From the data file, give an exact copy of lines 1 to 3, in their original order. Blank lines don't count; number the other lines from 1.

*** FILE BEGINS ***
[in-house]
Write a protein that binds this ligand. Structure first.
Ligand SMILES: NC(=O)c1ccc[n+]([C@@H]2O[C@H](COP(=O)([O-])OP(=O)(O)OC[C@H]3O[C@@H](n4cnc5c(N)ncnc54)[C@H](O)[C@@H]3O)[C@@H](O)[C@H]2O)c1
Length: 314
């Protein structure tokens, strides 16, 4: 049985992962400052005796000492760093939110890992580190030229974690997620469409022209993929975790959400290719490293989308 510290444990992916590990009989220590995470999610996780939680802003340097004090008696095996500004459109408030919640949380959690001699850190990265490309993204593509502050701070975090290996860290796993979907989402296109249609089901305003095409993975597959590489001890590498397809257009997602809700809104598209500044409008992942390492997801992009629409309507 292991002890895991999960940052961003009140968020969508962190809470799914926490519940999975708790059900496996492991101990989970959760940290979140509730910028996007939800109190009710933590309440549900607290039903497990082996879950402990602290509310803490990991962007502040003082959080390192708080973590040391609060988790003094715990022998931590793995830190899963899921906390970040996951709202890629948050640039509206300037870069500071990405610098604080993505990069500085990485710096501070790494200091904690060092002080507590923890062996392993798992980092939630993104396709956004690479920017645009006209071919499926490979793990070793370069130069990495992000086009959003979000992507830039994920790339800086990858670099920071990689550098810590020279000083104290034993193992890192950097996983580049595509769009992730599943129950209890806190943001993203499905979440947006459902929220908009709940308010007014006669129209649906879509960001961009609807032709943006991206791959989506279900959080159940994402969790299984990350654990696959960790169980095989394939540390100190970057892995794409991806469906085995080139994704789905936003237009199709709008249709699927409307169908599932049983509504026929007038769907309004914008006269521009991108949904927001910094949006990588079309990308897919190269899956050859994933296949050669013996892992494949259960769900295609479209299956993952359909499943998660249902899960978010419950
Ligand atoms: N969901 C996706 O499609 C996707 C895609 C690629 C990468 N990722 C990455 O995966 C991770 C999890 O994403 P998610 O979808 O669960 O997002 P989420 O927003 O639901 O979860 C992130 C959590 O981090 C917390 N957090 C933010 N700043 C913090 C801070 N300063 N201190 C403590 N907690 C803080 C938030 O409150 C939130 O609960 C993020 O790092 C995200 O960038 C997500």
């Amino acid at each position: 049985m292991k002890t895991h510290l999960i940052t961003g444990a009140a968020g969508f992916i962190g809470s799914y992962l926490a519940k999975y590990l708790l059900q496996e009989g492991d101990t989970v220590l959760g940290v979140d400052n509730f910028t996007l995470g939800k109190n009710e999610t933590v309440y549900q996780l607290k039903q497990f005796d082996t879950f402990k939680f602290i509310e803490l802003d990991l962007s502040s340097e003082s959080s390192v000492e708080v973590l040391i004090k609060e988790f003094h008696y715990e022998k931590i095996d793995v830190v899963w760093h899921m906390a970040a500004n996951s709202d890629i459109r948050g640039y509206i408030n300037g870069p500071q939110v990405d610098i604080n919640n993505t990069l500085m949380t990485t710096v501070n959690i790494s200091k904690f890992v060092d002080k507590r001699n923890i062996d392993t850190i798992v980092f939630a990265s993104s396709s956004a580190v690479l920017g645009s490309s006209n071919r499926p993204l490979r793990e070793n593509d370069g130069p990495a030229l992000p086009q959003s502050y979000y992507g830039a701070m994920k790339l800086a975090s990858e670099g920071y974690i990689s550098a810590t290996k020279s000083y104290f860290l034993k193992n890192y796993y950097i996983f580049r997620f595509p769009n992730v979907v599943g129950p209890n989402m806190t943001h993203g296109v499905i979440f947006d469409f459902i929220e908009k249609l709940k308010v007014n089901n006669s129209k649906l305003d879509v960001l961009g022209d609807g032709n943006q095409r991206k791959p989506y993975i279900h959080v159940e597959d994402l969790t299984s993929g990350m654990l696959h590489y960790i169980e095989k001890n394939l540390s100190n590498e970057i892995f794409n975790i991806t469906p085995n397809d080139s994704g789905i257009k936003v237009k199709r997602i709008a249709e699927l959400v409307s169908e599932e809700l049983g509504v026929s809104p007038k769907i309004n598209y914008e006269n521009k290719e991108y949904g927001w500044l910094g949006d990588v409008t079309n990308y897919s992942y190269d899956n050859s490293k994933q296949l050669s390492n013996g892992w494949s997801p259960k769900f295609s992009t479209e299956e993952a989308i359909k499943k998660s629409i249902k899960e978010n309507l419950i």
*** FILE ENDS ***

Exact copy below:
[in-house]
Write a protein that binds this ligand. Structure first.
Ligand SMILES: NC(=O)c1ccc[n+]([C@@H]2O[C@H](COP(=O)([O-])OP(=O)(O)OC[C@H]3O[C@@H](n4cnc5c(N)ncnc54)[C@H](O)[C@@H]3O)[C@@H](O)[C@H]2O)c1